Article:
How Many Weight Watchers Points is 1200 Calories? [WW 2023]
You may have heard of the Weight Watchers program, now commonly known as WW. The program works by assigning points to different foods, making it easy for you to track what you eat and manage your weight.
However, it can be confusing when you’re trying to determine how many points a certain number of calories is equal to.
In this blog post, we will answer the question, “How many Weight Watchers points is 1200 calories?” and provide insight into the importance of adjusting your calorie intake to meet your weight-loss goals.
How WW Works
Members receive a personalized point allowance based on age, gender, height, and other information collected at sign-up.
WW (formerly known as Weight Watchers) uses a numerical system to track and guide members in their weight loss journey.
When following the program, members must stay within their set allowance. It’s simple to track points by using the WW app.
WW has two types of points: daily and weekly. Members can use their weekly numbers as a weekly free pass. Weekly points can be used all at once or spread out throughout the week.
How Points are Assigned to Food
The number of points assigned to a particular food is based on its nutrition content.
In WW, each food item is assigned a numerical value based on its nutritional value. Less healthy foods are assigned more points than healthier foods. For example, an apple would have a lower value than a candy with the same number of calories.
The system was designed and continuously reviewed by a team of very respected experts. The team includes medical doctors, dietitians, and other healthcare professionals.
Here comes the tricky part. The WW program also assigns zero points to some foods, called “ZeroPoint” foods.
Examples of these foods include eggs, non-starchy vegetables, fruits, beans, plain yogurt, and fish.
WW ZeroPoint foods can be eaten in unlimited amounts without tracking points.
How Many Weight Watchers Points is 1200 Calories?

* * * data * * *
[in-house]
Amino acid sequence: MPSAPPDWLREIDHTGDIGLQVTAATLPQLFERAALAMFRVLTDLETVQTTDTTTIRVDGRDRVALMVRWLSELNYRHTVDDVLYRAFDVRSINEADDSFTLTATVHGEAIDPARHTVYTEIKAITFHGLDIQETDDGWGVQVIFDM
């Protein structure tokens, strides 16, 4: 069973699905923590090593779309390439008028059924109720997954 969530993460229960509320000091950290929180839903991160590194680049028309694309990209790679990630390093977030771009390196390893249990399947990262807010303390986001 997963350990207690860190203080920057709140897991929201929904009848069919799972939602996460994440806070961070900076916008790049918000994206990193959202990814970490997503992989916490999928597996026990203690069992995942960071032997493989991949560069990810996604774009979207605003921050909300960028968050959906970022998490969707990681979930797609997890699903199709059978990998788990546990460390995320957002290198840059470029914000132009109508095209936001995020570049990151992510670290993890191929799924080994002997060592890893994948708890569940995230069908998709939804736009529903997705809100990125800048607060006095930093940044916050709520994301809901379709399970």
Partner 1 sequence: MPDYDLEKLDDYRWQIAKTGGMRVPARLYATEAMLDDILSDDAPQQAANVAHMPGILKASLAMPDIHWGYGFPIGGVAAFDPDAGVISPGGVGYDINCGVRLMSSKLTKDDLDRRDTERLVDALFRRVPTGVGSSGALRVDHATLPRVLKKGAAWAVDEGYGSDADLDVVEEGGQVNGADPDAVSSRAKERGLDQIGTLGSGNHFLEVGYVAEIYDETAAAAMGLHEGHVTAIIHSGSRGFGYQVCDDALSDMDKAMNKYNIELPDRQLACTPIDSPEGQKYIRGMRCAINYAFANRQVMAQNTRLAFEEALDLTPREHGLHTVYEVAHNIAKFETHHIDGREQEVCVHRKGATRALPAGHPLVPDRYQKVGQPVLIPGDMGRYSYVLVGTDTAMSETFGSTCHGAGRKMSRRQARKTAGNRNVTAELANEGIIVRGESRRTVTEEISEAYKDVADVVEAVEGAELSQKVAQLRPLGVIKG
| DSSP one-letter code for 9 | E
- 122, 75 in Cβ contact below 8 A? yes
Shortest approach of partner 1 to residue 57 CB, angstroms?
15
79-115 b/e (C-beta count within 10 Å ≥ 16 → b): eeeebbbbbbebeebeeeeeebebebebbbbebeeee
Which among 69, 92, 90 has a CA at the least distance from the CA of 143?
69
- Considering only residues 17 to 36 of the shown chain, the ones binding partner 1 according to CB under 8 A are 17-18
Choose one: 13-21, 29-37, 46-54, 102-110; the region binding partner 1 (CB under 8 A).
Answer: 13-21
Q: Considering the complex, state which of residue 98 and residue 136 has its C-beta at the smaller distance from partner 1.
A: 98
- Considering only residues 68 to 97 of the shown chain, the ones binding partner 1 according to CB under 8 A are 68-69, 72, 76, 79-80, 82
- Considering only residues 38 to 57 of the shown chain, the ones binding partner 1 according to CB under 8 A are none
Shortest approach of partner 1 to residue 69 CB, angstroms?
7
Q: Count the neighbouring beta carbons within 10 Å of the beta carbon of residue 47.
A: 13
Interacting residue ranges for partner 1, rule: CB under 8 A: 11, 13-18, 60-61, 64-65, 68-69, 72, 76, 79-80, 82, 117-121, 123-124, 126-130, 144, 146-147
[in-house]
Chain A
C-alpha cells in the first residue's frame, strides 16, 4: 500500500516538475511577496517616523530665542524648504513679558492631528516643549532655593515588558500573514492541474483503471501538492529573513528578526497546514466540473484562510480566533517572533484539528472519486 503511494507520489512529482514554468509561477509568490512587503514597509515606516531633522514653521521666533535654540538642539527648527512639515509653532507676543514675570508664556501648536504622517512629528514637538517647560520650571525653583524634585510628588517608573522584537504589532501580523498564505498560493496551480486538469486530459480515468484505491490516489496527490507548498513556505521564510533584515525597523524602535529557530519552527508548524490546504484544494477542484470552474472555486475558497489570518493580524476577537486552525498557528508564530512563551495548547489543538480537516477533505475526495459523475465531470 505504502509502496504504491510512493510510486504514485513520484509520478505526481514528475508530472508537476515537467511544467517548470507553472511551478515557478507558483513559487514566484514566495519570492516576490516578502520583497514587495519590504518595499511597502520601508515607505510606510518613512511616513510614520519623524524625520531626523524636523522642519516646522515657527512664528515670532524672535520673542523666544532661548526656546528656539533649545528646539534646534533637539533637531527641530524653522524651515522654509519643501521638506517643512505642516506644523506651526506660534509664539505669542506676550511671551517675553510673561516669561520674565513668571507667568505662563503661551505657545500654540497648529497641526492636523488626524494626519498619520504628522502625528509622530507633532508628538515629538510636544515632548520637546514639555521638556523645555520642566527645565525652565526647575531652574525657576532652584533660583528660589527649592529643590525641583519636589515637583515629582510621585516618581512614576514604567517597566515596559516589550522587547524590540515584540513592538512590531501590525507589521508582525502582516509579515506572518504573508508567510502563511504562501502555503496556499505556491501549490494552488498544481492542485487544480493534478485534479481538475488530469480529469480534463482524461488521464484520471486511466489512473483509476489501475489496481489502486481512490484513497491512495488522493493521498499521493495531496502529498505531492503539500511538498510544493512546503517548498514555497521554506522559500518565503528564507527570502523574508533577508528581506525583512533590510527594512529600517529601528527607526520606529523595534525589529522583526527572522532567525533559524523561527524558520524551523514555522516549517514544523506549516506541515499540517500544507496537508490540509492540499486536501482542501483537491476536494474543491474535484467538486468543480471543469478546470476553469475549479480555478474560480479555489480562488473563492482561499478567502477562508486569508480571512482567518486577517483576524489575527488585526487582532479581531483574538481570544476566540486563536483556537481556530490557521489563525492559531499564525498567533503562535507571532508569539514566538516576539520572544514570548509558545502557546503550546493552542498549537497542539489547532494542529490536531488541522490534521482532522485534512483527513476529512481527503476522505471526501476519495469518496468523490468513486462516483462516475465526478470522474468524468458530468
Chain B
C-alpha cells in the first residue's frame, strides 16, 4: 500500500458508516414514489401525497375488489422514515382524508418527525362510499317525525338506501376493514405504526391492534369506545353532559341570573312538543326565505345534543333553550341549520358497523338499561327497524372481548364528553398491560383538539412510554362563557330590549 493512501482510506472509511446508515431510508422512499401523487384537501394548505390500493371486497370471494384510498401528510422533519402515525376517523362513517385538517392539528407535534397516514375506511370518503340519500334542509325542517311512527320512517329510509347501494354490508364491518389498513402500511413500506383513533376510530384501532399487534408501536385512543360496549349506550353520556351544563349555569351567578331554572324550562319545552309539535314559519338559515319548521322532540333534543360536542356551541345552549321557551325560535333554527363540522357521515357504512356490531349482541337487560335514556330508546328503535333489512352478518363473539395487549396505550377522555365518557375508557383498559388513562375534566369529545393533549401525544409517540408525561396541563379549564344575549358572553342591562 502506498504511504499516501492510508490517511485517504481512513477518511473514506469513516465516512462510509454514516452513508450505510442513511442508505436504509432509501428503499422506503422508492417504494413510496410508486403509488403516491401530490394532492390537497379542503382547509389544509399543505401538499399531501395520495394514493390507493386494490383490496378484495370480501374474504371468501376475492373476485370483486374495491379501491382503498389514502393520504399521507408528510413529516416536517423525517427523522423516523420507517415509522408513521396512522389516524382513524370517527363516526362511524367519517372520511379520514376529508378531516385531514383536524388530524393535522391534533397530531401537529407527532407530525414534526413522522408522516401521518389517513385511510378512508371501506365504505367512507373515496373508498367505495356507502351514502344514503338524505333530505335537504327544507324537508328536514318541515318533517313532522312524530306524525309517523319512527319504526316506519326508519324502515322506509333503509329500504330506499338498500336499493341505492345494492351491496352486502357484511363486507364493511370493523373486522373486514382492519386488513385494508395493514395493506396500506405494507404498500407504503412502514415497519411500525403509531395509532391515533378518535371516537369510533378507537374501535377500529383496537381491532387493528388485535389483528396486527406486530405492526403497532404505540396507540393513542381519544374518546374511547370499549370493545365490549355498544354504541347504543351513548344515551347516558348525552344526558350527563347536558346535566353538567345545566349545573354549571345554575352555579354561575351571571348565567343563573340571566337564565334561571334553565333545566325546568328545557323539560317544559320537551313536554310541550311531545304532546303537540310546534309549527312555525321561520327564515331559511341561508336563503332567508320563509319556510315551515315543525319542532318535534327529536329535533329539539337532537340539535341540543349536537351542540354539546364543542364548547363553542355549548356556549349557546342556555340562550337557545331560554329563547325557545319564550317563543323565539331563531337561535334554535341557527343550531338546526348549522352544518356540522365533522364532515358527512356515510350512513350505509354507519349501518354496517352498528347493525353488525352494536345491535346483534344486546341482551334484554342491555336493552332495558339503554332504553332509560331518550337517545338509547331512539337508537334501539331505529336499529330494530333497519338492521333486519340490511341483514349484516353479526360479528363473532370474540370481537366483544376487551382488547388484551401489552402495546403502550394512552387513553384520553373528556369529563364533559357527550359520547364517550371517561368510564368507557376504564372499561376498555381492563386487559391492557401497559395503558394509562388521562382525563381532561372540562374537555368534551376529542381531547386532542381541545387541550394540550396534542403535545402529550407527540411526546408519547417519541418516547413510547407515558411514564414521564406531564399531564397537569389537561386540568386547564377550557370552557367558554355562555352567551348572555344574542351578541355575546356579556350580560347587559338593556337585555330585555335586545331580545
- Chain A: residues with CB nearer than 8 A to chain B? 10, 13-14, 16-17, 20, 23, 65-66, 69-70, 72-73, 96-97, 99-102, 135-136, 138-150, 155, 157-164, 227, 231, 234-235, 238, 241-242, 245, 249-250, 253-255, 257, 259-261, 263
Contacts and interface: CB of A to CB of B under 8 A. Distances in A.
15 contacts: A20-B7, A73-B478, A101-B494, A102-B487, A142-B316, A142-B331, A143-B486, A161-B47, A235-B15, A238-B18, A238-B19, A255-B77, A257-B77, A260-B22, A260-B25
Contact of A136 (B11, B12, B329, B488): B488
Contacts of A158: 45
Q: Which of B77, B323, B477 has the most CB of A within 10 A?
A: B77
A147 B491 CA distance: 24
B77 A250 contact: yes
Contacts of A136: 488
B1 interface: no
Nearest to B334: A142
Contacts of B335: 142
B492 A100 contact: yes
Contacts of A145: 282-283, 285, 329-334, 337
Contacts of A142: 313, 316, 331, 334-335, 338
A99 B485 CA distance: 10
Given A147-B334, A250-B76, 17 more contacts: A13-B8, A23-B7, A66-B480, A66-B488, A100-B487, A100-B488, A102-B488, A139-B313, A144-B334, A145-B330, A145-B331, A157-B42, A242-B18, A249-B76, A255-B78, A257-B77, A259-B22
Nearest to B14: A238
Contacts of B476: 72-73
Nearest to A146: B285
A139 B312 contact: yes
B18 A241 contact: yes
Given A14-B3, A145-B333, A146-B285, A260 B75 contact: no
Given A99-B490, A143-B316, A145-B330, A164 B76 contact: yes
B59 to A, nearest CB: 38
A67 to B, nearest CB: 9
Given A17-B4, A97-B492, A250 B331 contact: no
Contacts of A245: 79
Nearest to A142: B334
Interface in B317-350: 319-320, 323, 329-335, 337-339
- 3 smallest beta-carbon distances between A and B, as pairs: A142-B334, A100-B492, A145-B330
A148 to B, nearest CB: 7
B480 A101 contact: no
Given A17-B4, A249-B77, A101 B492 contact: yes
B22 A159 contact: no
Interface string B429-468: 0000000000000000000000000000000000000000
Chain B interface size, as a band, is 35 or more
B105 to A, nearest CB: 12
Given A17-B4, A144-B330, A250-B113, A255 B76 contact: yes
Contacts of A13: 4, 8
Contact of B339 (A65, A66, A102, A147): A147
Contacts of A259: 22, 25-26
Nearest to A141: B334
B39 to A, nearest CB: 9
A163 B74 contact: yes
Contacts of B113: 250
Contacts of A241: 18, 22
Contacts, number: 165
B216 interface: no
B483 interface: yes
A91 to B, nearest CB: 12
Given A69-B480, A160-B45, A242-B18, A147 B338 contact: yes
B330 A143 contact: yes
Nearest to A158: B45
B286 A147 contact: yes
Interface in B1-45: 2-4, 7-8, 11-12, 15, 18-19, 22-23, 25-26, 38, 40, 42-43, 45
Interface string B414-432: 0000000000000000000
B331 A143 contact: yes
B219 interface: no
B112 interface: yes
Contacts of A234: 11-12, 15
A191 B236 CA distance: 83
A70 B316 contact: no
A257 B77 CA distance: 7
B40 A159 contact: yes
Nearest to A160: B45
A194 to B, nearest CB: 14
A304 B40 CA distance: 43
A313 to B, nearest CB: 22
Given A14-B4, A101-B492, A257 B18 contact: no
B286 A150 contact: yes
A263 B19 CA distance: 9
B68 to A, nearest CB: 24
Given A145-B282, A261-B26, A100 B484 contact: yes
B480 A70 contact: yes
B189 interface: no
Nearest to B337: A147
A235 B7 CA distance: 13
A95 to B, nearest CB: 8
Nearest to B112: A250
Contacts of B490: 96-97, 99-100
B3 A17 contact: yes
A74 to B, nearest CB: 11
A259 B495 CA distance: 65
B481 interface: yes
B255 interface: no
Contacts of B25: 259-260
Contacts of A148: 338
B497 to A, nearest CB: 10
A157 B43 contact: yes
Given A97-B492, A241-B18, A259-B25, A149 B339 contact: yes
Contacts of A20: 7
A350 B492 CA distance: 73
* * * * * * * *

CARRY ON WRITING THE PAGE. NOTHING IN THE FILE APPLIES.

Now, let’s dive into the question at hand. The answer is that it depends on the food you choose.
For example, you could eat 1200 calories for a zero score by choosing from the zero-point list. But also, you can reach your maximum amount of points while eating very few calories.
To give you an example, here are a few meals that are equal to 1200 calories.
I drew comparisons by using the WW website and MyFitness Pal to get more accurate results.
1200 Calories Using Zero Points
If you chose to fill your 1200-calorie diet with zero-point foods, in WW you can actually eat as much as you want, regardless of the number of calories you consume.
For example, the following 1200-calorie day is zero points.
- Mushroom omelet
- 1 cup fat-free Greek yogurt
- Grilled chicken
- Arugula salad with tomatoes seasoned with lime, salt, and pepper
- Cooked beans to add to salad
- Spaghetti squash
1200 Calories Using Common Foods (34 points)
- 1 cup cooked oatmeal with 1 ounce of walnuts
- 1 tall, non-fat Starbucks latte
- Sandwich made with 2 slices of bread, 1 ounce of cheese and 3 ounces of turkey
- Grilled chicken
- 1 cup brown rice
- 1 tablespoon olive oil
The Bottom Line
The bottom line here is that the number of WW points you accumulate by eating 1200 calories varies. It depends on the type of food you choose and the diet you follow.
You could eat 1200 calories and log in zero points. But you could also eat 1200 calories and go over your daily number allowance.
In WW, the quality of the food you choose to eat plays a big role.
You might also like to read: ww vs calorie counting.
Dr. Su-Nui Escobar, a Registered Dietitian/Nutritionist in Miami, FL, is dedicated to empowering women in perimenopause and menopause to live healthier, more satisfying lives.
With a doctorate in clinical nutrition from the University of North Florida, she has expertise in menopause and weight loss, including the unique challenges faced by those on weight loss medications.
Su-Nui’s passion for her field is evident in her previous role as the Academy of Nutrition and Dietetics spokesperson.